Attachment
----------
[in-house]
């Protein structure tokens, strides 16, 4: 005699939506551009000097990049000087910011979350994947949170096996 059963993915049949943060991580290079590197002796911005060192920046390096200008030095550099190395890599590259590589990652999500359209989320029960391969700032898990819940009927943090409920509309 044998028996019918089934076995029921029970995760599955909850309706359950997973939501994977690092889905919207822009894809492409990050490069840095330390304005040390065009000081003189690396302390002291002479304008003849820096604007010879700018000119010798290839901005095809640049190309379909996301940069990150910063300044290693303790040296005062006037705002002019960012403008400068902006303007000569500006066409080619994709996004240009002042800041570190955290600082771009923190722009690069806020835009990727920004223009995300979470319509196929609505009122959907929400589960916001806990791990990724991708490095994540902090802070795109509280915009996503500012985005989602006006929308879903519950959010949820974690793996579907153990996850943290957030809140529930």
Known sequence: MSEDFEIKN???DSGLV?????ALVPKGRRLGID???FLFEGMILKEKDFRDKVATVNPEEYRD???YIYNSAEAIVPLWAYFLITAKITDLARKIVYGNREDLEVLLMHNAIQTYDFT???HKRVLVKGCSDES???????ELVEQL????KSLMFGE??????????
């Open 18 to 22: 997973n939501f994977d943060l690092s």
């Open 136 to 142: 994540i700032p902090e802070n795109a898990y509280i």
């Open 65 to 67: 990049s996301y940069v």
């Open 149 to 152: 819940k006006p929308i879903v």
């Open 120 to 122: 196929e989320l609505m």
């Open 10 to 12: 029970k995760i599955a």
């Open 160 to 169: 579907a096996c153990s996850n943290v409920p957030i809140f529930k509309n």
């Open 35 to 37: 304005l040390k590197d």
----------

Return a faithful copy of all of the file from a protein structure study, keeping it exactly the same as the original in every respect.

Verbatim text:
[in-house]
């Protein structure tokens, strides 16, 4: 005699939506551009000097990049000087910011979350994947949170096996 059963993915049949943060991580290079590197002796911005060192920046390096200008030095550099190395890599590259590589990652999500359209989320029960391969700032898990819940009927943090409920509309 044998028996019918089934076995029921029970995760599955909850309706359950997973939501994977690092889905919207822009894809492409990050490069840095330390304005040390065009000081003189690396302390002291002479304008003849820096604007010879700018000119010798290839901005095809640049190309379909996301940069990150910063300044290693303790040296005062006037705002002019960012403008400068902006303007000569500006066409080619994709996004240009002042800041570190955290600082771009923190722009690069806020835009990727920004223009995300979470319509196929609505009122959907929400589960916001806990791990990724991708490095994540902090802070795109509280915009996503500012985005989602006006929308879903519950959010949820974690793996579907153990996850943290957030809140529930």
Known sequence: MSEDFEIKN???DSGLV?????ALVPKGRRLGID???FLFEGMILKEKDFRDKVATVNPEEYRD???YIYNSAEAIVPLWAYFLITAKITDLARKIVYGNREDLEVLLMHNAIQTYDFT???HKRVLVKGCSDES???????ELVEQL????KSLMFGE??????????
């Open 18 to 22: 997973n939501f994977d943060l690092s």
């Open 136 to 142: 994540i700032p902090e802070n795109a898990y509280i």
């Open 65 to 67: 990049s996301y940069v």
């Open 149 to 152: 819940k006006p929308i879903v």
């Open 120 to 122: 196929e989320l609505m």
């Open 10 to 12: 029970k995760i599955a």
């Open 160 to 169: 579907a096996c153990s996850n943290v409920p957030i809140f529930k509309n």
């Open 35 to 37: 304005l040390k590197d």